When I broadcast I always use an external mixer. The main reason is that I find it it's much simpler to handle live then a software mixer running in the broadcast software. I also have a lot of opportunity to add different audio sources.This mixer is my main one for streaming Beringer xenyx X1204usb
This mixer is perhaps a bit overkill for most streamers but I like the faders.
When you mix with an external mixer you use a headset that has it's own volume knob on the mixer. then you use the faders and listen to the result. That way you can mix the sound without actually watching the mixer. You just rest your fingers on the faders and use your headset volume to guide your.
This is perhaps the best way to do mixing. the problem is that what you hear on your headphones might not be the same as goes out on the stream. If your headset volume is set to high in relation to the volume going out if your mixer then your watchers will have a bad day.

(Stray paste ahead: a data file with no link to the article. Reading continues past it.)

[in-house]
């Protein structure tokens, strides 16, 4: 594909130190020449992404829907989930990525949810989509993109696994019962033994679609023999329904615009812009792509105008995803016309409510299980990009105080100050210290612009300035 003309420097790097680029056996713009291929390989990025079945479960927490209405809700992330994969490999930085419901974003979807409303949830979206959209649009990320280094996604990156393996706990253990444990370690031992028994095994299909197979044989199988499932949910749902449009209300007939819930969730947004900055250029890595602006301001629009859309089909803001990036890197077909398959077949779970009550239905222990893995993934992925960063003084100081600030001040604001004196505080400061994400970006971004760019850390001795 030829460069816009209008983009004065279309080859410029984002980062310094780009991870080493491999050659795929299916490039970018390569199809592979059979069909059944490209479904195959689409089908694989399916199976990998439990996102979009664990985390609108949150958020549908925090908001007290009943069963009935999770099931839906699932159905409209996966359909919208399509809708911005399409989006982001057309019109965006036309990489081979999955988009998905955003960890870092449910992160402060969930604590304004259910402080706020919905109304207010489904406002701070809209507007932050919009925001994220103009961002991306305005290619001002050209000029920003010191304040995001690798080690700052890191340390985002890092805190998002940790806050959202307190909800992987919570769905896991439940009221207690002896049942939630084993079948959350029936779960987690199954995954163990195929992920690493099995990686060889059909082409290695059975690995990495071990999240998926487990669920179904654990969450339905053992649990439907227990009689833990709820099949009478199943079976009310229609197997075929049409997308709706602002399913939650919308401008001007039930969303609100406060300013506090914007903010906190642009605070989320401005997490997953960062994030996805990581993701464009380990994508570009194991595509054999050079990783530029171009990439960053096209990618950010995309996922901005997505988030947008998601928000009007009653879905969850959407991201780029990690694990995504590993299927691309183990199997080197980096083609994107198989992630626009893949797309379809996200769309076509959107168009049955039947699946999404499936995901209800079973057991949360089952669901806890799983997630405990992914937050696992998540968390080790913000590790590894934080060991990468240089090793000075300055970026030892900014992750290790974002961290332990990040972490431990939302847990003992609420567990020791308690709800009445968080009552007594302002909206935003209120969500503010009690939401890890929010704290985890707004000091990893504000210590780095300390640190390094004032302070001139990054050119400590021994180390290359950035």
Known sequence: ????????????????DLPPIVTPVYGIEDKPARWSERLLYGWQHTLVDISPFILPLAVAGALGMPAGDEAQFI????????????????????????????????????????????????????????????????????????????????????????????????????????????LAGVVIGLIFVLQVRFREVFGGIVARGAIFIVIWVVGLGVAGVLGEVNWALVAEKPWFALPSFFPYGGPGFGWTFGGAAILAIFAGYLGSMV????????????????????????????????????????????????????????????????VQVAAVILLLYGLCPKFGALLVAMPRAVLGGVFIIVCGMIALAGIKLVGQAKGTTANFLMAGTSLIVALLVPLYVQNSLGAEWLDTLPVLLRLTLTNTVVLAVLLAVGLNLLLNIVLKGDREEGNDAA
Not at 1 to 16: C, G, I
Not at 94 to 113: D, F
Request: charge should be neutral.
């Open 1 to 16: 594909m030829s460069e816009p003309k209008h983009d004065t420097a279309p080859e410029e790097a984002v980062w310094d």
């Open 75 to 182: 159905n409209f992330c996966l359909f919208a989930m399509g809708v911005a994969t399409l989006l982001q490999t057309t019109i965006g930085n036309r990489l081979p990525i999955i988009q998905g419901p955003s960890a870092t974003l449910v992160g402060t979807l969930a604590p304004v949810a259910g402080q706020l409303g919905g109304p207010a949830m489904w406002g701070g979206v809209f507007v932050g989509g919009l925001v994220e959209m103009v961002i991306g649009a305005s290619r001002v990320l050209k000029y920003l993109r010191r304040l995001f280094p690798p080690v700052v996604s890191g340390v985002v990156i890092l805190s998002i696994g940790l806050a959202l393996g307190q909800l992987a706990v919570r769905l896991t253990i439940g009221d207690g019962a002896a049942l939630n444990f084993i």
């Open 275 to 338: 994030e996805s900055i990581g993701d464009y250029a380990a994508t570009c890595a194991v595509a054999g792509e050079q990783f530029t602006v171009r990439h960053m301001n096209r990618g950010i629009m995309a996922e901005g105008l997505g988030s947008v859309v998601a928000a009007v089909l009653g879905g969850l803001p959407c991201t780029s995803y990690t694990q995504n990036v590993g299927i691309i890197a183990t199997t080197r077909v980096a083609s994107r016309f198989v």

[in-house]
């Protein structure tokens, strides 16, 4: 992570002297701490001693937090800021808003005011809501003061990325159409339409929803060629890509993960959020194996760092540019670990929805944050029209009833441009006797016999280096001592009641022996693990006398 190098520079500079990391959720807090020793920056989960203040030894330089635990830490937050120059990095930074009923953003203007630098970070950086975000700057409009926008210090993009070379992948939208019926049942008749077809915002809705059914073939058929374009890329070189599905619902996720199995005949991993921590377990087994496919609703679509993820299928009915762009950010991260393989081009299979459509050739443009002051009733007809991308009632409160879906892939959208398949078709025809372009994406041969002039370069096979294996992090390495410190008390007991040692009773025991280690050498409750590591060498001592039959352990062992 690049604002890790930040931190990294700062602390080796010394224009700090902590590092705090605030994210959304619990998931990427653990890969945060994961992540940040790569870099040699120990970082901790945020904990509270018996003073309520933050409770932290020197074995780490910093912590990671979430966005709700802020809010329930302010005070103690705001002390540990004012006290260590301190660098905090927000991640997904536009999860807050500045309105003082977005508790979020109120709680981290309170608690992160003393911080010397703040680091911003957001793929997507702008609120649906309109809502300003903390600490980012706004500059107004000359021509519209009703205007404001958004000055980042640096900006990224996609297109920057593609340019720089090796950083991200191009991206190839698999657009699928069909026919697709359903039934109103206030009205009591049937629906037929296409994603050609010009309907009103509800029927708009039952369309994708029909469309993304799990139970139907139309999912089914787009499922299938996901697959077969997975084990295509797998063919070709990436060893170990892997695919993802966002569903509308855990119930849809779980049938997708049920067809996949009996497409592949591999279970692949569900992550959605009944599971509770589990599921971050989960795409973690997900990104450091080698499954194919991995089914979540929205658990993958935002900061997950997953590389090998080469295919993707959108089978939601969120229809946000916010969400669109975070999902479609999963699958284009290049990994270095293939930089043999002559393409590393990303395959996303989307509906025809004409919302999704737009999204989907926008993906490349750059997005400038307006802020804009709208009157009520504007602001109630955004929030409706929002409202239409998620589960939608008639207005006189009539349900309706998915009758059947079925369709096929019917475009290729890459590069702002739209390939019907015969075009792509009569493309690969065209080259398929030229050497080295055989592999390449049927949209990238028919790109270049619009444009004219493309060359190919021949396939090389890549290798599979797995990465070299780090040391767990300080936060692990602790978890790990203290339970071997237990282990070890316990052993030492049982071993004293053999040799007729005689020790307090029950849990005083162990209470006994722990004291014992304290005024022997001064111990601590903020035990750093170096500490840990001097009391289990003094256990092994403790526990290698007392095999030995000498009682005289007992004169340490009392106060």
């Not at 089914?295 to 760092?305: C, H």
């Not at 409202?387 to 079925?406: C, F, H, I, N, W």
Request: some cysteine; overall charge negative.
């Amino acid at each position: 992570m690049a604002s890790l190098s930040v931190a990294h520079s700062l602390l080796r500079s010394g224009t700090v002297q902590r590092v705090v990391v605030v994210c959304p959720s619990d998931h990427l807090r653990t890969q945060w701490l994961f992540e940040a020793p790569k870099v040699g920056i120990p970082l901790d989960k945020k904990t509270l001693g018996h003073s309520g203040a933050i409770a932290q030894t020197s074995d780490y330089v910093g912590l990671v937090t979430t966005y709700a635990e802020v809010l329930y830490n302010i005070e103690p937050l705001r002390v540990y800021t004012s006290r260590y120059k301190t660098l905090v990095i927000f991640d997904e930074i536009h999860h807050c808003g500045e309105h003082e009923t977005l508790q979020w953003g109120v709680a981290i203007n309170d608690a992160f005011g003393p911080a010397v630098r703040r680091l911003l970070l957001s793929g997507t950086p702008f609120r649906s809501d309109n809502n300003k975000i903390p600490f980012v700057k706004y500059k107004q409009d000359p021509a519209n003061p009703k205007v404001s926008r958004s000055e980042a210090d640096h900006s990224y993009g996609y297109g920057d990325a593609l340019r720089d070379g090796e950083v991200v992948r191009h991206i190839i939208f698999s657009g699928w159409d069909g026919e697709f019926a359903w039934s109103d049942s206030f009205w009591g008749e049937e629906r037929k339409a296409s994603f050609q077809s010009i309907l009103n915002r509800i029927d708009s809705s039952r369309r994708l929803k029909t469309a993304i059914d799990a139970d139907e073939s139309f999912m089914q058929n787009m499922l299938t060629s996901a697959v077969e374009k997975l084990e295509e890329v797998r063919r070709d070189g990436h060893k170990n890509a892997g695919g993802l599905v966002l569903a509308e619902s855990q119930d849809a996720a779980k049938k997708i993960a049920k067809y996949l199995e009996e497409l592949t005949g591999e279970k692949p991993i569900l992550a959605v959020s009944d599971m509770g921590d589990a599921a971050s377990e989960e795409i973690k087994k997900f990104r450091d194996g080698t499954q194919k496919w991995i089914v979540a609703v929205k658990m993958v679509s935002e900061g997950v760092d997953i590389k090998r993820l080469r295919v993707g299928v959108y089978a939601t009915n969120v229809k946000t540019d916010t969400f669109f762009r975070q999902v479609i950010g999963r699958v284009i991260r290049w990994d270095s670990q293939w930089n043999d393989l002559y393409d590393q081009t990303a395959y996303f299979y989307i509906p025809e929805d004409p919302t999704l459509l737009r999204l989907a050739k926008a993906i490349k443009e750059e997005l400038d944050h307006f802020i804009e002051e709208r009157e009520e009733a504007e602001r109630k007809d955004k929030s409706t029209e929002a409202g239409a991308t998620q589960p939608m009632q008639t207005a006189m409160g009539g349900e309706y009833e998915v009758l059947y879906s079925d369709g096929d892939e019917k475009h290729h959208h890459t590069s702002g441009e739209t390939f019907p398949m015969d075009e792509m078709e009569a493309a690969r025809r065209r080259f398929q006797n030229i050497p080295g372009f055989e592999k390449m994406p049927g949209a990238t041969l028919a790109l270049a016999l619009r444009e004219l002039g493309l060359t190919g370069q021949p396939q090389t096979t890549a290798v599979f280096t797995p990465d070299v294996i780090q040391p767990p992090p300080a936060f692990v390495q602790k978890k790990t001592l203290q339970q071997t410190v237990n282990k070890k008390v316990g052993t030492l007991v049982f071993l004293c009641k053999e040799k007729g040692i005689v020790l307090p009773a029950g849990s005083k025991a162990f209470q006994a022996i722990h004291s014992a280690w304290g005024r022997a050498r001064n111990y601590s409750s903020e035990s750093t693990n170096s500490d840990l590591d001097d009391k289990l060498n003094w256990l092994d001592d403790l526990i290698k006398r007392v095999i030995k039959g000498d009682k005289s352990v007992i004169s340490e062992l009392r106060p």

You will stand there thinking everything is play while your audience have to crank their stereos all the way up just to get a minimum of sound.
How to get this right?
I would never use a mixer that don't have a output volume level meter. My mixer uses a row of LED bulbs and it works fine for me. This must always be you reference when mixing live.
If you use your output volume meter first and then calibrate your headset volume knob while the output levels are right then you can use the headset as a guide for mixing. But if you change the headset volume you must check you row of LEDs again.
I would also recommend to listen in on the stream from a phone or separate computer so that you can be sure that the levels and content is the same as you are sending from your mixer.
This last part is perhaps even more important if you use a software mixer directly in your streaming software.